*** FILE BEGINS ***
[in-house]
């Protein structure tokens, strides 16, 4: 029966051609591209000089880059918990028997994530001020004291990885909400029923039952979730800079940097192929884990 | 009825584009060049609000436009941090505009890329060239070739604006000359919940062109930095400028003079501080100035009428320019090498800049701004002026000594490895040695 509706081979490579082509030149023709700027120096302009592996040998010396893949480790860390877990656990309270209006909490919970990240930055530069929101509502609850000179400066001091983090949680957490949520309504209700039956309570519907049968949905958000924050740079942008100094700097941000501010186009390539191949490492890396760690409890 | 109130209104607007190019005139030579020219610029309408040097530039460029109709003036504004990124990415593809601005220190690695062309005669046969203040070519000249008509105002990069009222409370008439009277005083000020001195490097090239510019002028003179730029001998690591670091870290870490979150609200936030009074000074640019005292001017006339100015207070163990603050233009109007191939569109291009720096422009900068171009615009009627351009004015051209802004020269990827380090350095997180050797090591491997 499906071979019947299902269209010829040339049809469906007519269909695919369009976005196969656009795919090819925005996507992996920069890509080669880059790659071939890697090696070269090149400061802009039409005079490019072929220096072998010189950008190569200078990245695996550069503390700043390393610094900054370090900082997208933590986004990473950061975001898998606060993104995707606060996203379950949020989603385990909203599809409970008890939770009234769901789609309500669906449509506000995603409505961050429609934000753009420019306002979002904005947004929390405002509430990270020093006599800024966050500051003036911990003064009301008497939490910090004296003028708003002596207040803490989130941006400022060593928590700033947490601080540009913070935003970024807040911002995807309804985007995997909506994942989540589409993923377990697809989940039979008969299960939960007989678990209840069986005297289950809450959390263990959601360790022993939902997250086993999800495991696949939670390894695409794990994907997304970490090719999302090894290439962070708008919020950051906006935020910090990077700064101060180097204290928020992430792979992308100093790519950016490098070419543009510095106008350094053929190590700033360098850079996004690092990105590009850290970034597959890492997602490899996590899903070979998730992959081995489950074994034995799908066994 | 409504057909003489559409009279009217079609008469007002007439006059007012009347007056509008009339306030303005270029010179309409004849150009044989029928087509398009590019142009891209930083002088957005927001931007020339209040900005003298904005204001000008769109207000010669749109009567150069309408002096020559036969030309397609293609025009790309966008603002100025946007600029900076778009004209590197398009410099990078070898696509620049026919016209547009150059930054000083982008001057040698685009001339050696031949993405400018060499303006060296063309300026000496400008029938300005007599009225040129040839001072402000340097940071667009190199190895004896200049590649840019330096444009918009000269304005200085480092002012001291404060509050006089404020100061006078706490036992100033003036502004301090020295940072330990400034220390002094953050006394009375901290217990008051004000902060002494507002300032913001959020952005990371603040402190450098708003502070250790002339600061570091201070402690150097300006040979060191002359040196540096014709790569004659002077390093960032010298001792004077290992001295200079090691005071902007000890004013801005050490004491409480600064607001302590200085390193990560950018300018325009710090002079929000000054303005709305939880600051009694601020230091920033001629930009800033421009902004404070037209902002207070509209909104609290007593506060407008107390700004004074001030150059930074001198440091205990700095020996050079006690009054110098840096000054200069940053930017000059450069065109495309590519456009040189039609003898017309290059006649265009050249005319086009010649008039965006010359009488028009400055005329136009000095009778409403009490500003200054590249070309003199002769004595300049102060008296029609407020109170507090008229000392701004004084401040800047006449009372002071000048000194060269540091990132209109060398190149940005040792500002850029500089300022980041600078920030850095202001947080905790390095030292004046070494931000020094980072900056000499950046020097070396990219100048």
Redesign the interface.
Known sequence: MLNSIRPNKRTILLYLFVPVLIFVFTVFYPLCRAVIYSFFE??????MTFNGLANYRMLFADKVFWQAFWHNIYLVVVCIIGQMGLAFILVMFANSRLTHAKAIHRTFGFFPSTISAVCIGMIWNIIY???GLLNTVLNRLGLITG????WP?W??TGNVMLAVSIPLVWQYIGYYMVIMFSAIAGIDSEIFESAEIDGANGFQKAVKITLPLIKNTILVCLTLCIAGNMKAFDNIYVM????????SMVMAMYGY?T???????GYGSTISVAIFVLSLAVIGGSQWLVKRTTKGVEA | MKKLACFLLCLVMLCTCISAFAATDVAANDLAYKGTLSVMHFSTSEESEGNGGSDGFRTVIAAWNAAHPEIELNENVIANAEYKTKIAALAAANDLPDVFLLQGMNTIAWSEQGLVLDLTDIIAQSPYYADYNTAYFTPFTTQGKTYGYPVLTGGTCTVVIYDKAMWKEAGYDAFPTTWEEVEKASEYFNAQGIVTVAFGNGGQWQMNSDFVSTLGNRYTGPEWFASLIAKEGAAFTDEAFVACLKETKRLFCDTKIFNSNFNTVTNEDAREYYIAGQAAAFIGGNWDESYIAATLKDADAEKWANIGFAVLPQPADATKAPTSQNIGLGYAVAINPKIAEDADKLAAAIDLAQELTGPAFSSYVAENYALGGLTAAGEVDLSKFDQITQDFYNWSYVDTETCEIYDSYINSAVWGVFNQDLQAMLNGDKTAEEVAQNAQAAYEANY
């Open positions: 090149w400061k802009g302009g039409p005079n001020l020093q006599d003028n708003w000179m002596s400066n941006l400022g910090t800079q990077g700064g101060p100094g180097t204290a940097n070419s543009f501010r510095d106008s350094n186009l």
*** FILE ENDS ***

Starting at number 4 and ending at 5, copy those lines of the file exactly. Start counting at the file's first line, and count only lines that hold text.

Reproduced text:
Known sequence: MLNSIRPNKRTILLYLFVPVLIFVFTVFYPLCRAVIYSFFE??????MTFNGLANYRMLFADKVFWQAFWHNIYLVVVCIIGQMGLAFILVMFANSRLTHAKAIHRTFGFFPSTISAVCIGMIWNIIY???GLLNTVLNRLGLITG????WP?W??TGNVMLAVSIPLVWQYIGYYMVIMFSAIAGIDSEIFESAEIDGANGFQKAVKITLPLIKNTILVCLTLCIAGNMKAFDNIYVM????????SMVMAMYGY?T???????GYGSTISVAIFVLSLAVIGGSQWLVKRTTKGVEA | MKKLACFLLCLVMLCTCISAFAATDVAANDLAYKGTLSVMHFSTSEESEGNGGSDGFRTVIAAWNAAHPEIELNENVIANAEYKTKIAALAAANDLPDVFLLQGMNTIAWSEQGLVLDLTDIIAQSPYYADYNTAYFTPFTTQGKTYGYPVLTGGTCTVVIYDKAMWKEAGYDAFPTTWEEVEKASEYFNAQGIVTVAFGNGGQWQMNSDFVSTLGNRYTGPEWFASLIAKEGAAFTDEAFVACLKETKRLFCDTKIFNSNFNTVTNEDAREYYIAGQAAAFIGGNWDESYIAATLKDADAEKWANIGFAVLPQPADATKAPTSQNIGLGYAVAINPKIAEDADKLAAAIDLAQELTGPAFSSYVAENYALGGLTAAGEVDLSKFDQITQDFYNWSYVDTETCEIYDSYINSAVWGVFNQDLQAMLNGDKTAEEVAQNAQAAYEANY
């Open positions: 090149w400061k802009g302009g039409p005079n001020l020093q006599d003028n708003w000179m002596s400066n941006l400022g910090t800079q990077g700064g101060p100094g180097t204290a940097n070419s543009f501010r510095d106008s350094n186009l």